A new study with scientists from PML says that in order to better understand the impacts of Ocean Acidification (OA) on marine ecosystems, future studies should use more realistic scenarios in experiments.
Ocean acidification is the ongoing decrease in ocean pH caused by human CO2 emissions, such as the burning of fossil fuels. This alteration in basic ocean chemistry is likely to have wide implications for ocean life, especially for those organisms that require calcium carbonate to build shells or skeletons. Scientists have conducted many OA studies over the last 15 years, usually altering the pH (or CO2 concentration) of seawater to simulate future ocean conditions and thereby determine what the impacts on marine organisms might be.
However a study published today in Nature Ecology and Evolution, led by the Universidad de Concepción, Chile, now suggests that many previous OA experiments of this kind did not wholly take into account species’ own natural resilience to changes in their environment; particularly in the highly variable environment of coastal areas where pH/pCO2 levels fluctuate far more dramatically than in the open ocean.
Past studies have used average open ocean projections of future pH/pCO2, which may fall within the natural variation in coastal areas experienced at present, and have not considered the true changes that are likely to ensue in addition to the existing natural patchiness in the chemistry of coastal seas. It is likely therefore that the impact of OA on the different physiological traits of coastal organisms has been underestimated. The team focused their study on the highly variable conditions found along the Chilean coast, an area noted for its changeable in its seawater carbonate chemistry and so an ideal home for organisms resilient to stress and changes in climate.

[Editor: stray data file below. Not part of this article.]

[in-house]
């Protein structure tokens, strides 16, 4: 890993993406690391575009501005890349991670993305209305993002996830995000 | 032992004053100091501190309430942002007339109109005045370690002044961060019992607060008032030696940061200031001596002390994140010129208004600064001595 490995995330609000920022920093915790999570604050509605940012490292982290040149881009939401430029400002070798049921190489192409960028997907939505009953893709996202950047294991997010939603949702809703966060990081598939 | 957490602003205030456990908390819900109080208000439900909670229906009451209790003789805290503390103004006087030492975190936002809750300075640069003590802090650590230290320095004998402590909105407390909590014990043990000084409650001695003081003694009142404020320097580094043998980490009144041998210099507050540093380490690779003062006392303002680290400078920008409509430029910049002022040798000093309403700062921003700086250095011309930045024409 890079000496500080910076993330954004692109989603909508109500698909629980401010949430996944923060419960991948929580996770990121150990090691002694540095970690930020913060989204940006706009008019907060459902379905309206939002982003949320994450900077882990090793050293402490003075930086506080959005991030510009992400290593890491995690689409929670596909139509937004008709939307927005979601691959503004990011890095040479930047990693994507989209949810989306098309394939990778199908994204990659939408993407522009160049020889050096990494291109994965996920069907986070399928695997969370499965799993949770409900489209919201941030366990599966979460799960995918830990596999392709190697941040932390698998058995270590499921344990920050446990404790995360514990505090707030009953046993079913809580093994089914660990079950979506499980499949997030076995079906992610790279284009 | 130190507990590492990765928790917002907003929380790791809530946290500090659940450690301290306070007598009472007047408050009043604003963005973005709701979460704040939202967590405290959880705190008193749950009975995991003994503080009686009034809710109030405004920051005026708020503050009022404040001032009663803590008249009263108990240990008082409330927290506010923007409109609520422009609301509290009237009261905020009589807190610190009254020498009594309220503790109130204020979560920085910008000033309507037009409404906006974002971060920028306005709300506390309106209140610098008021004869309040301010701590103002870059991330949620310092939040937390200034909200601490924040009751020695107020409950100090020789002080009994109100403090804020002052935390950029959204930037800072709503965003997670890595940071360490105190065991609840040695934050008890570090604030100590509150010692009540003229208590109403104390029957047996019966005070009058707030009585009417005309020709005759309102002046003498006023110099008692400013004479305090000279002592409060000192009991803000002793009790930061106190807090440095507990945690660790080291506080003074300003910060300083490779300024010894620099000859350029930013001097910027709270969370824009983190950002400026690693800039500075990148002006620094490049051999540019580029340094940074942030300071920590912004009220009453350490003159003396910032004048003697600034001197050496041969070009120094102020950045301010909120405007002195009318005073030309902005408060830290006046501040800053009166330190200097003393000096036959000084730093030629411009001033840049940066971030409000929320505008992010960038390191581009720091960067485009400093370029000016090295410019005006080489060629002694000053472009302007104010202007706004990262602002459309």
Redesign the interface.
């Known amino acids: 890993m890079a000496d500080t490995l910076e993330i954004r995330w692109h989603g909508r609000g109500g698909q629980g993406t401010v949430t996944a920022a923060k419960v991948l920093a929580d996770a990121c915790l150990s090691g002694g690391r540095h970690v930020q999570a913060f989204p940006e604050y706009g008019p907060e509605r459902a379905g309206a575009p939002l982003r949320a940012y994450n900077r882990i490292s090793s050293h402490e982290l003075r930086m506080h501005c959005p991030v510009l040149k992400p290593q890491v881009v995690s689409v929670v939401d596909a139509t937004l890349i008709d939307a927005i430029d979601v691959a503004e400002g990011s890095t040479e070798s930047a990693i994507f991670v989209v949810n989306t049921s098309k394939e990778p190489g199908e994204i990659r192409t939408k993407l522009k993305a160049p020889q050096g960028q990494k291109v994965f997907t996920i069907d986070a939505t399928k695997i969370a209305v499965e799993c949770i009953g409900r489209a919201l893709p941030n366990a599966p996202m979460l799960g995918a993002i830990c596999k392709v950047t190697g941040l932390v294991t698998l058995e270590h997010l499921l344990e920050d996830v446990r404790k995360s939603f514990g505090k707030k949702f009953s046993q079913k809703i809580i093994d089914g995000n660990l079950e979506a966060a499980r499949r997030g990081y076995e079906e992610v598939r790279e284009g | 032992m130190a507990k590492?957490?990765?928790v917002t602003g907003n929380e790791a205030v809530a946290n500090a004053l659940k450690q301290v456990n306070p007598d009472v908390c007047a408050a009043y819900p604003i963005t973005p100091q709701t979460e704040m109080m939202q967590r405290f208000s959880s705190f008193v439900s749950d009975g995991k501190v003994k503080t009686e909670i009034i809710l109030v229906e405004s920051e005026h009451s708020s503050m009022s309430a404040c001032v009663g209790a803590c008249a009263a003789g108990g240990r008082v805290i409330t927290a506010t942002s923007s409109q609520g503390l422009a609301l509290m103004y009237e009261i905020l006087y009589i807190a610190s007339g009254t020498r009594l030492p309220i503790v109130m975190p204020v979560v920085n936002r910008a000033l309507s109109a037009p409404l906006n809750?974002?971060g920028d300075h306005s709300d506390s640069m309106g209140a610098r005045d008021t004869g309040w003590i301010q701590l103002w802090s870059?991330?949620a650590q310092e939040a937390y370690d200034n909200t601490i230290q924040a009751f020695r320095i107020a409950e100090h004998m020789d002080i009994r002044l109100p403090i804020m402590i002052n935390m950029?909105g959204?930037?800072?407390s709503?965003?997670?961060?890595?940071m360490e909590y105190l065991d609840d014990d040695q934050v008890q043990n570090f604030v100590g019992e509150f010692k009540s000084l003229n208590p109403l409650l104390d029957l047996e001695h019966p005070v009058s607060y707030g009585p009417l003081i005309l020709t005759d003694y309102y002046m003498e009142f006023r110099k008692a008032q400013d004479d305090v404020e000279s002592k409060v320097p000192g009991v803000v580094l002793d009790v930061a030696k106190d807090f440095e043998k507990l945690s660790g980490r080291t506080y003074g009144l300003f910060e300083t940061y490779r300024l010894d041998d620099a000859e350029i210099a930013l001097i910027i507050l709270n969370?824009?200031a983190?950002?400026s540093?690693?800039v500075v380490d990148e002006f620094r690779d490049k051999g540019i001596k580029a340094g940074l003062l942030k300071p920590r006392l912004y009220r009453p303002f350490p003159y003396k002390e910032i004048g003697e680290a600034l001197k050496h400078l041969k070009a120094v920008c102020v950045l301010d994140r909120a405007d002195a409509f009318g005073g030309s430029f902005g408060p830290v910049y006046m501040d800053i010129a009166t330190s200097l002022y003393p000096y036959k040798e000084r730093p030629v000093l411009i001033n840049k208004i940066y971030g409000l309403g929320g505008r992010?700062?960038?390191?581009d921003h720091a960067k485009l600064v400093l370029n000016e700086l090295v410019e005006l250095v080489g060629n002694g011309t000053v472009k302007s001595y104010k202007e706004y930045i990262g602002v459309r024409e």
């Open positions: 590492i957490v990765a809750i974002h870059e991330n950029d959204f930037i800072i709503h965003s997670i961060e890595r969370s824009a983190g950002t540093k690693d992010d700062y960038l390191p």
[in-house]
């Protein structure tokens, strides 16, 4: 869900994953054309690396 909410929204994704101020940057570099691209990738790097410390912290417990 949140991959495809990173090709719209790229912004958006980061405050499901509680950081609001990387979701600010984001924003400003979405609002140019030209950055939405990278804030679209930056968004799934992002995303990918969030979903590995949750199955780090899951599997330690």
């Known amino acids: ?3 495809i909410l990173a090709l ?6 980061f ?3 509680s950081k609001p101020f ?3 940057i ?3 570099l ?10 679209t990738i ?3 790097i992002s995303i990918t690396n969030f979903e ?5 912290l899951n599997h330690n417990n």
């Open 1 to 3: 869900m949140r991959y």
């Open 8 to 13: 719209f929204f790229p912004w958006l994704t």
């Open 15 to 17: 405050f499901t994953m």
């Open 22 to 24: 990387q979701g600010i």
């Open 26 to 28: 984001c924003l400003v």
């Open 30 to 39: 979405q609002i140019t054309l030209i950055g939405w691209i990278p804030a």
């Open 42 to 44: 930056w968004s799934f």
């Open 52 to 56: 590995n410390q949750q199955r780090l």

Professor Stephen Widdicombe, Head of Marine ecology and biodiversity and co-author on the study commented:
“There is still much to be understood about ocean acidification as one of the major global stressors associated with climate change, as well as organisms’ resistance or susceptibility to its effects. This new study explains why some previous results may have appeared to contradict each other when in reality differences between experiments may have been more due to the experimental methods employed rather than due to real differences between the responses of organisms to OA. This work highlights that the extent of possible resilience to OA demonstrated by some organisms in previous studies may have been overestimated. Both coastal and ocean ecosystems are facing changes but they are starting from different baselines, we need to include this in future experiments.”
The team of scientists in this study now recommend a step change in how OA experiments are designed, to simulate situations that better represent both present and future pH/pCO2 conditions, including the extreme scenarios posed by progressive OA. From this they aim to improve understanding of how flexibility changes across organismal traits, populations and species, and how obtained results can be interpreted, communicated and utilized elsewhere.